Here are some notes about my attempt to install Ubuntu 11 on Kingston SV100S2/256G SSD (on Dell Latitude E6510 laptop). Just in case somebody else finds it useful.
I have Googled around for information about SSD disk optimization for Linux and found that there are two main things to consider: partition alignment and filesystem options.
It appears to be important to (try to) align disk writes by the boundaries of SDD erase block size. This  article talks about LVM volumes alignment.
Most tutorials out there seems to blindly assume SSD erase block size is 128KB, unclear on what ground. This post  suggest the kind of disk I have features 1MB erase block size. I decided to take use this value.
Finally, I have ended up with the following partition layout, with alignment by 1MB:
$ sudo fdisk -S 64 -H 32 /dev/sdb
Command (m for help): p
Disk /dev/sdb: 256.1 GB, 256060514304 bytes
32 heads, 63 sectors/track, 248074 cylinders
Units = cylinders of 2016 * 512 = 1032192 bytes
Sector size (logical/physical): 512 bytes / 512 bytes
I/O size (minimum/optimal): 512 bytes / 512 bytes
Disk identifier: 0xfeb3c9c1
Device Boot Start End Blocks Id System
/dev/sdb1 1 103 103792+ 83 Linux
/dev/sdb2 104 248074 249954768 8e Linux LVM
Creating LVM physical volume, with its meta-data size set to align start offset of its extents to with 1MB boundary.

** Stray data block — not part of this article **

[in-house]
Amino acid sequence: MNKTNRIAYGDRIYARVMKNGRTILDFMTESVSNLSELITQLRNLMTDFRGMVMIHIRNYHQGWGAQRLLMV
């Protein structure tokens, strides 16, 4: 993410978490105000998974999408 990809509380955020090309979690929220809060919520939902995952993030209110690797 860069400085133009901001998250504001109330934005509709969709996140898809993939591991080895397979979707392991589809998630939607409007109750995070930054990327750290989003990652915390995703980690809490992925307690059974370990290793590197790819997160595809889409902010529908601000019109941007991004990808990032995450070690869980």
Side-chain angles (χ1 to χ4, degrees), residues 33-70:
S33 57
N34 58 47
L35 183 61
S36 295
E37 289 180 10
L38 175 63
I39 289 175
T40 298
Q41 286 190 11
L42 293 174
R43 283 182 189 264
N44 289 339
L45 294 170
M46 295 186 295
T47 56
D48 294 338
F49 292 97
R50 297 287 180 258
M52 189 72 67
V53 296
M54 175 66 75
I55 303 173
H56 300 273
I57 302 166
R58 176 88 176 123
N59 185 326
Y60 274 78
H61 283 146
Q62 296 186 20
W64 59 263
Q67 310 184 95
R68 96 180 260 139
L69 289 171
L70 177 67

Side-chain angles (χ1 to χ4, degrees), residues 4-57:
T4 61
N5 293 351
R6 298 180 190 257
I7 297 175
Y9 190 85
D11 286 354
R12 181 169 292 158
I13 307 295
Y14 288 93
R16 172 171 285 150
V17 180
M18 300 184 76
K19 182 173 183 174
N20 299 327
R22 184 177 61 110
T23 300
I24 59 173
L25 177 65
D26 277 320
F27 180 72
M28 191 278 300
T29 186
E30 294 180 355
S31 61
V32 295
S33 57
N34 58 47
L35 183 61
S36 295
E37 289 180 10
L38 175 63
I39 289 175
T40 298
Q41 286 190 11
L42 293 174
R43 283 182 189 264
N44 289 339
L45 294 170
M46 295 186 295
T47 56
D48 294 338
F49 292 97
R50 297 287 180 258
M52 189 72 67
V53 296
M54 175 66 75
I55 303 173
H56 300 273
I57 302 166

$ sudo pvcreate --metadatasize 994k /dev/sdb2
Physical volume "/dev/sdb2" successfully created
$ sudo pvs /dev/sdb2 -o+pe_start
PV VG Fmt Attr PSize PFree 1st PE
/dev/sdb2 lvm2 -- 238.38g 238.38g 1.00m
Create physical volume group and logical volume.
$ sudo vgcreate e6510-ssd1 /dev/sdb2
Volume group "e6510-ssd1" successfully created
$ sudo lvcreate --size 32G --name root e6510-ssd1
Logical volume "root" created
Finally, create a file system, with stripe width set to 1MB (256 x 4K blocks). "Resize" parameter limits the maximum size your filesystem can grow live, it is optional parameter, just saves a few megabytes.
$ sudo mke2fs -t ext4 -E stripe-width=256,resize=250G /dev/e6510-ssd1/root
To make use the instructions above, you will need to use alternative installer CD which lets you interfere with partitioning/filesystem creation process.
 http://thunk.org/tytso/blog/2009/02/20/aligning-filesystems-to-an-ssds-… (also available at http://web.archive.org/web/20101130200444/http://thunk.org/tytso/blog/2…)